CHICAGO (CN) — The Seventh Circuit heard arguments on Wednesday over whether several controversial Indiana abortion regulations should be allowed to permanently take effect.
The underlying lawsuit was filed by abortion providers back in June of 2018 and challenged 25 separate sections of Indiana’s statutory rules on abortions, claiming they served as unconstitutional restrictions on a woman’s right to have an abortion.
Senior U.S. District Court Judge Sarah Barker issued a 158-page ruling in August 2021 that found several of the laws were unconstitutional.
Among the provisions blocked by the Ronald Reagan-appointed judge were a law that only allows physicians to provide a first trimester or medication abortion; a second trimester hospitalization requirement; a ban on telemedicine for medication abortions; an in-person examination requirement for medication abortions; and a required a disclosure that included details on fetal pain and the mental health risks of abortion.
Indiana quickly appealed, and last September a split Seventh Circuit panel stayed the lower court's injunction until the court issued a final ruling, finding that the state was likely to succeed in its appeal. The stay order allowed the challenged provisions to be enforced.
During a 50-minute hearing before the Chicago-based appeals court Wednesday, two of the three judges on the panel questioned if the case should be held back pending a forthcoming U.S. Supreme Court decision on abortion rights.
Last month, the Supreme Court heard arguments in an abortion case known as Dobbs v. Jackson Women’s Health that could lead to a landmark ruling on abortion access for women across the country. That case centers on a Mississippi law that bans most abortions after the 15th week of pregnancy, but the high court's ruling could affect abortion rules in every state.
With the Dobbs ruling expected to be handed down by the end of June, U.S. Circuit Judges Frank Easterbrook and Diane Wood posited that the Indiana dispute might be better served in waiting for the outcome of that case.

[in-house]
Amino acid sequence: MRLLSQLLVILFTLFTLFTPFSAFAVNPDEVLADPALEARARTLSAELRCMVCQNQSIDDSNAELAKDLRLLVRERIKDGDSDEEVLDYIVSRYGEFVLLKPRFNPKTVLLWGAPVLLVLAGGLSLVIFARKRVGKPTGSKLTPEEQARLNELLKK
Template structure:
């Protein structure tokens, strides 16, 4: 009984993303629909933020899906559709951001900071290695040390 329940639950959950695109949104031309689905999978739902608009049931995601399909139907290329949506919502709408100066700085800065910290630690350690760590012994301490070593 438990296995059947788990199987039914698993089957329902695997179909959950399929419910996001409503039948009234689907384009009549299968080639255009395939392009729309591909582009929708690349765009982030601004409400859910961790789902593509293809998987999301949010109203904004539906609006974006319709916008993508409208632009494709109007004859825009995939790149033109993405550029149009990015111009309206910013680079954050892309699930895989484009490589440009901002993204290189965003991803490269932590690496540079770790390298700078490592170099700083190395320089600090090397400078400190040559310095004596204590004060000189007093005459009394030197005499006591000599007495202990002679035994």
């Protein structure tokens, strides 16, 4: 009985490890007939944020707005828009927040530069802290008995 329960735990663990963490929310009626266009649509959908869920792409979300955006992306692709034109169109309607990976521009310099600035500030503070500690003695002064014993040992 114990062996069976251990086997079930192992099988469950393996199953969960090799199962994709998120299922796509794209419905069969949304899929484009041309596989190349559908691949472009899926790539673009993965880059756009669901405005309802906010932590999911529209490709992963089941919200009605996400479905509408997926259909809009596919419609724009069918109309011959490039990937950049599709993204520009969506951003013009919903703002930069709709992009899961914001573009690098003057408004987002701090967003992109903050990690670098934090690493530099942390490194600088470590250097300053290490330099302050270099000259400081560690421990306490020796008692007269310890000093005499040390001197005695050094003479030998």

“One thing that is certainly weighing on my mind is whether this court ought to just hold back given that Dobbs is before the Supreme Court,” said Wood, a Bill Clinton appointee. “I had the feeling preparing for today of a kind of interesting intellectual exercise, but what are we really doing here?”
All parties acknowledged that the Supreme Court ruling could have a dramatic effect on the case and the legal abortion landscape nationwide, but they pressed the Seventh Circuit panel to consider their arguments.
Indiana Solicitor General Thomas Fisher argued that the state was within its rights to enact the challenged abortion provisions, specifically arguing that the physician-only requirement is meant to protect women.
This argument faced severe pushback from Wood, who said the rules seemed “disingenuous” because Indiana does not require a physician to be present for childbirth, which is considered more dangerous than an abortion.
“I take from that, that Indiana cares much more about the health of women when they are having abortions, then the health of women when they are having babies,” Wood said.
“I think Indiana cares about the health of all women,” Fisher responded.
Fisher also touched on the informed consent rules that require certain information be presented to abortion patients, arguing the state is free to make clear that abortion involves a “human physical life.”
Attorney Rupali Sharma argued on behalf of plaintiffs and made her case that the district court was correct in striking down several provisions of Indiana’s abortion laws.
Sharma said many of the regulations delay and provide undue obstacles to patients seeking abortion care, and that the physician-only requirement is not “reasonably related” to any legitimate health concern, nor is the hospitalization requirement for second trimester abortions.
“The state has not provided evidence that the law actually furthers health or safety. And conversely it does impose heavy burdens on patients,” Sharma said.
The final point argued by both sides is how cost and travel can be factored in to determine if an abortion restriction is an improper burden on women’s rights.
Sharma argued that while these factors are not always considered “substantial obstacles,” in this case they are because most of the abortion-seeking patients in Indiana are low-income women.
During his time, Fisher argued that controlling case law on abortion says that cost and inconvenience are not considered substantial obstacles.
Rounding out the three-judge panel was Senior U.S. Circuit Judge Joel Flaum, who like Easterbrook was appointed to the court by Ronald Reagan.
It is unclear when the court will issue a ruling, especially considering the panel’s suggestion of waiting for the Supreme Court’s Dobbs ruling.
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